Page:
* David Chalmers, philosophy professor and director of the Centre for Consciousness at the Australian National University. Chalmers, UA Regents' professor who formerly directed the UA's Center for Consciousness Studies will analyze Singularity – the ideafrom artificial intelligence that computers will become equivalent to brains in the not-too-distant future, and that such equivalence will have profound cultural implications.
      * Marcus E. Raichle, a Washington University professor of neurology, radiology, biomedical engineering and also anatomy and neurobiology, had an article recently appear on the cover of Scientific American. He will discuss the brain's "dark energy and default mode networks."
      * Robert J. Sawyer is an award-winning science fiction writer behind the ABC series, "Flashforward," and author of “Mindscan,” is a first-person account about downloading consciousness into a computerized robot. He also authored “Hominids,” a book about the emergence of conscious self in Neanderthal man.
      * Robert Shulman, who heads biophysical research at Bell Laboratories and is a faculty member at Yale University, is a leader in the application of nuclear magnetic resonance methods in biochemical and biomedical industries. Shulman, who has developed the field of magnetic resonance spectroscopy in vivo, will discuss baseline brain energy.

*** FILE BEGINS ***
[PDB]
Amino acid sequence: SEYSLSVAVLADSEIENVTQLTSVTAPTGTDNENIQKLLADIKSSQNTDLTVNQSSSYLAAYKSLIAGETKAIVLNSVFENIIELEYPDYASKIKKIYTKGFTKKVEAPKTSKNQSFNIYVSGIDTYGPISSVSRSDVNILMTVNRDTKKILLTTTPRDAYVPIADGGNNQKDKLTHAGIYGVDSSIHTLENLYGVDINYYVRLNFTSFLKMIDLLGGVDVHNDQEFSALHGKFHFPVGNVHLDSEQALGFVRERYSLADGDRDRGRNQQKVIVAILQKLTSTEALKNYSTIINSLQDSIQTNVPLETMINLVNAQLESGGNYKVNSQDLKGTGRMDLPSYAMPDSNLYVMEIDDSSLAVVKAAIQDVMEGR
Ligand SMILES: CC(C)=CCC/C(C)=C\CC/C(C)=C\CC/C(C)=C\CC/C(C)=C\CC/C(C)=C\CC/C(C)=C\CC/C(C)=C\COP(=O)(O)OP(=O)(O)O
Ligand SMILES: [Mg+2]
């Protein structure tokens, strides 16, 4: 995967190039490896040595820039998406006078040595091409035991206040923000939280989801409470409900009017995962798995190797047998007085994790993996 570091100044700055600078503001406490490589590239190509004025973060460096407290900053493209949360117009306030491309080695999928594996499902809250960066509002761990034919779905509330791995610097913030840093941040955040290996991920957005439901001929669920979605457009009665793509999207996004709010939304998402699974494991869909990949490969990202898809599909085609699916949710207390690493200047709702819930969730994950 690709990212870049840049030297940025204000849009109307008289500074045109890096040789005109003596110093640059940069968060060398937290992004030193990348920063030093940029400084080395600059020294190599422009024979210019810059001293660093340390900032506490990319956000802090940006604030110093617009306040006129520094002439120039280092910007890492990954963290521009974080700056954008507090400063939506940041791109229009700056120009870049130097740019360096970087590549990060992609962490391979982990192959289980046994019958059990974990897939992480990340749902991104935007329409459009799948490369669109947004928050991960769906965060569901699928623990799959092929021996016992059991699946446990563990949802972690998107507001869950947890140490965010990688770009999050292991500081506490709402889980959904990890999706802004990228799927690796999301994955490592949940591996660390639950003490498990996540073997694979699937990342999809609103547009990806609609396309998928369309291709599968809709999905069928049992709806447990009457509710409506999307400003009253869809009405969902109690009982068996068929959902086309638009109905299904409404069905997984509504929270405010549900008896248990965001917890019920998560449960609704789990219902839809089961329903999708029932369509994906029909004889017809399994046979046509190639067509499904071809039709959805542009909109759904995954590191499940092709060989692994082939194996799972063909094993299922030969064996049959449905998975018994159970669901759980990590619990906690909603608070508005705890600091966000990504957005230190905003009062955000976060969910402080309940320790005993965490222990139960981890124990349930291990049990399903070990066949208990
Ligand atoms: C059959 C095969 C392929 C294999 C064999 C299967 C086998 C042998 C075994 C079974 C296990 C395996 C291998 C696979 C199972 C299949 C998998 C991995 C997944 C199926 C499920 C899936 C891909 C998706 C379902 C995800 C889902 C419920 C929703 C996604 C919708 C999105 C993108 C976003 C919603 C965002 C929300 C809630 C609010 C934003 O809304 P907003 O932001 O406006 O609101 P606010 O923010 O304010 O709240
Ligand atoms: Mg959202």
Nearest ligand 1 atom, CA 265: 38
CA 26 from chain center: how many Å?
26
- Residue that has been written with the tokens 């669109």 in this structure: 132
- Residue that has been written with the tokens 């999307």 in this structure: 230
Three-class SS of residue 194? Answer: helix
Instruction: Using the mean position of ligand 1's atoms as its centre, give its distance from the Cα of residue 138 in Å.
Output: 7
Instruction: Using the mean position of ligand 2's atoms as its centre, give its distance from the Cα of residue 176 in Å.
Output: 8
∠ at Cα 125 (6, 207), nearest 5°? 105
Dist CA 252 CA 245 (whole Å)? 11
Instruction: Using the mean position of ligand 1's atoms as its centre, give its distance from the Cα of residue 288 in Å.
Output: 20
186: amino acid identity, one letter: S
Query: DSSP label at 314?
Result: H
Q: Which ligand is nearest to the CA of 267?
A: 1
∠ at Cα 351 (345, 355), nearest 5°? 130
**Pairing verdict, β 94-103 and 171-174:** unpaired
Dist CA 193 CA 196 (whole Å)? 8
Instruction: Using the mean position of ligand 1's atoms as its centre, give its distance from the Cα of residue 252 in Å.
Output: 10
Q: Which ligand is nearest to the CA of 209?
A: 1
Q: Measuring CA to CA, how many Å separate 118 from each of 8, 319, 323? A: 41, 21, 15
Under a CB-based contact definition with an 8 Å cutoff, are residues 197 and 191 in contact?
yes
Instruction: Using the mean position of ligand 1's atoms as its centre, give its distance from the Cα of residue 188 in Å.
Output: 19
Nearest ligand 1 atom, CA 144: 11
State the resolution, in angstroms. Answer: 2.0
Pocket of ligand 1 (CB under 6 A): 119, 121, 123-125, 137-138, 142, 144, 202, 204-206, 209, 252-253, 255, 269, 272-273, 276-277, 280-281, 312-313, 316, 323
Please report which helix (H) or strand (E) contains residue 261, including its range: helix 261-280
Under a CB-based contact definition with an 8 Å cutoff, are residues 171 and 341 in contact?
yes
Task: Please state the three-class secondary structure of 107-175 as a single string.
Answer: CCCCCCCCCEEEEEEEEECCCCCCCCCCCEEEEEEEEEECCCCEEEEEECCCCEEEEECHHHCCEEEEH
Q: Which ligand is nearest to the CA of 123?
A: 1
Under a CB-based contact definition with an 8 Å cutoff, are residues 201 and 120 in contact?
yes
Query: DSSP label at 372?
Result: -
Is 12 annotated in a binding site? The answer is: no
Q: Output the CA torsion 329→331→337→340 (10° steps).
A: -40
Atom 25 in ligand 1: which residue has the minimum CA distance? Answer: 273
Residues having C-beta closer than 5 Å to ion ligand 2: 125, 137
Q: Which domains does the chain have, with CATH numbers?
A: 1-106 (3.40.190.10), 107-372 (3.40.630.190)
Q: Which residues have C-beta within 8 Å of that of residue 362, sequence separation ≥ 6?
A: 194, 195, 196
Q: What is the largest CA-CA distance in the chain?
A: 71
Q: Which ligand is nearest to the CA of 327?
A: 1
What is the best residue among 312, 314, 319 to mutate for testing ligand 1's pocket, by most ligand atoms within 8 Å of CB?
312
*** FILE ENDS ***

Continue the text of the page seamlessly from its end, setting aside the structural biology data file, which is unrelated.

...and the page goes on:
* Karl Deisseroth, a psychiatrist and neuroscientist, will discuss new technologies that are helping to reveal ways in which brain circuits and the conscious mind work.
      * ZaChoeje Rinpoche, a Tibetan Lama recognized in 1984 by the Dalai Lama as the sixth reincarnation of Zachoeje Lama, will speak about Buddhist perspectives on consciousness, enlightenment and reincarnation.

      Much of the conference is devoted to research centered on explaining how the brain produces conscious experiences, Hameroff said, addressing issues of reality and one's place within the universe.